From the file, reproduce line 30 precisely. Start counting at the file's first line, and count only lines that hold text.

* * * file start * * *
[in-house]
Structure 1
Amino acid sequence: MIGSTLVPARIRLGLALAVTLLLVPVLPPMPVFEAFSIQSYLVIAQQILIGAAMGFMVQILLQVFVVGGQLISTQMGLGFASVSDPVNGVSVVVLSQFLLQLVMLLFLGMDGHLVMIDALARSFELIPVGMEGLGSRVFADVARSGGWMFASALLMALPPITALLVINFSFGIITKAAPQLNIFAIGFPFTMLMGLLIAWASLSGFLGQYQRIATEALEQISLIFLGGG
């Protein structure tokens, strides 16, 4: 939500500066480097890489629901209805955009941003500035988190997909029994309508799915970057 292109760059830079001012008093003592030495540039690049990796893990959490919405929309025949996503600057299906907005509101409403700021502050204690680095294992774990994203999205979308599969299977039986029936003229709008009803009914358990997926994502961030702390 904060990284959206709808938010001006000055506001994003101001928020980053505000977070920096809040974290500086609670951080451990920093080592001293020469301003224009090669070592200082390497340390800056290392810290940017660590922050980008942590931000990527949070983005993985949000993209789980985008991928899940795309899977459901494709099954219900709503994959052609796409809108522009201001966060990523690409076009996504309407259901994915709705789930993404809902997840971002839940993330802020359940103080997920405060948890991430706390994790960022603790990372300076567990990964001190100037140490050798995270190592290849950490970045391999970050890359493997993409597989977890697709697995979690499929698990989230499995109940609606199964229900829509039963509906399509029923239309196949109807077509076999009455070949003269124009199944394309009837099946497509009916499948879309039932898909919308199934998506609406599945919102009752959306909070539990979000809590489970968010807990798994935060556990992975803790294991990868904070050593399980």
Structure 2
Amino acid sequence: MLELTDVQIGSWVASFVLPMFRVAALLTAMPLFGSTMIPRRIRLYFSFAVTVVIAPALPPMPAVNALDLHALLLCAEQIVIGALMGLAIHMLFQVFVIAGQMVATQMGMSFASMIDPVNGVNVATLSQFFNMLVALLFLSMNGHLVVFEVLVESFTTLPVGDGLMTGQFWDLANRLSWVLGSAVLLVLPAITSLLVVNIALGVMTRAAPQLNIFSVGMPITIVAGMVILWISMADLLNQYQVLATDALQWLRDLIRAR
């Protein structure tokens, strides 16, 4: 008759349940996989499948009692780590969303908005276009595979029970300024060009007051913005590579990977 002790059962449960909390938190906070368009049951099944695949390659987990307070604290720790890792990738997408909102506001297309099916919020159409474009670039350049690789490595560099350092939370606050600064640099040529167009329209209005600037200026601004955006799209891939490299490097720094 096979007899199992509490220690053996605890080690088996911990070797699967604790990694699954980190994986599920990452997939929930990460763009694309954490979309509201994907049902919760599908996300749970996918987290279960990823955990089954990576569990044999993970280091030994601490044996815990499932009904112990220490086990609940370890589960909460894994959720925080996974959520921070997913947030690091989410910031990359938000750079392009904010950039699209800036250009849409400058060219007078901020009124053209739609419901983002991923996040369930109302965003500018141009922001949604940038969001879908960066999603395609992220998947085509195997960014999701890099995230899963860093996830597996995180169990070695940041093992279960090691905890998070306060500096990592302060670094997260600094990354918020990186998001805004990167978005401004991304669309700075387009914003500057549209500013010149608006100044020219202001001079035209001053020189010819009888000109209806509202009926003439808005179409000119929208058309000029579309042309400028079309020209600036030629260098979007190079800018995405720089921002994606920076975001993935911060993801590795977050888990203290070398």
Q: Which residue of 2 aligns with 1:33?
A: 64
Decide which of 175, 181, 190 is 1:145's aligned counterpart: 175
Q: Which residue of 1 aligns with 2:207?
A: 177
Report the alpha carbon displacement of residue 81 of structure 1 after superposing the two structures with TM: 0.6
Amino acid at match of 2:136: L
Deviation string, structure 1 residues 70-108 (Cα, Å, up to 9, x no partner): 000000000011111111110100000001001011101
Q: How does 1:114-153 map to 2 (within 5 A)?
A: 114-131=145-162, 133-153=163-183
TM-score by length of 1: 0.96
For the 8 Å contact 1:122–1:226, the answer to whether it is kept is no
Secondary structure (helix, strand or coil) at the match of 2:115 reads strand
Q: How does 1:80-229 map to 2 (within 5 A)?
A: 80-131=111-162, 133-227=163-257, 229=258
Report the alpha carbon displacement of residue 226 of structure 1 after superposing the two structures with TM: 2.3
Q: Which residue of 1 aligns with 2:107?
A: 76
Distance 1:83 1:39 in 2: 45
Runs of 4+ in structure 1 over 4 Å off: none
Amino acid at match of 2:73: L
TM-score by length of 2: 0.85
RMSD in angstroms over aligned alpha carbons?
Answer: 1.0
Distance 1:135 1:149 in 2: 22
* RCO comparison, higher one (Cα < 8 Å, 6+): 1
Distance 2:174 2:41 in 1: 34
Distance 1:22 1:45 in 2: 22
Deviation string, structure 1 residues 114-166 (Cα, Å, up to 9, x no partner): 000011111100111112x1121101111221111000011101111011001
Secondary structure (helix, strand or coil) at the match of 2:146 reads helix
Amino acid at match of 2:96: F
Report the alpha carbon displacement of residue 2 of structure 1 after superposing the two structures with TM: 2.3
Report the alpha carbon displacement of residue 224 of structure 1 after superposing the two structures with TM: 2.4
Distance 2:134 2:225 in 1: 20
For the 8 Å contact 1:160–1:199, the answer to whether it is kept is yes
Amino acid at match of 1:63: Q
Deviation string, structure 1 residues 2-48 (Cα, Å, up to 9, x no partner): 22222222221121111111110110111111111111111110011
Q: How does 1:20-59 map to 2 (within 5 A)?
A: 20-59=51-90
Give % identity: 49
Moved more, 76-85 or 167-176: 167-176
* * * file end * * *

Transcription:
RMSD in angstroms over aligned alpha carbons?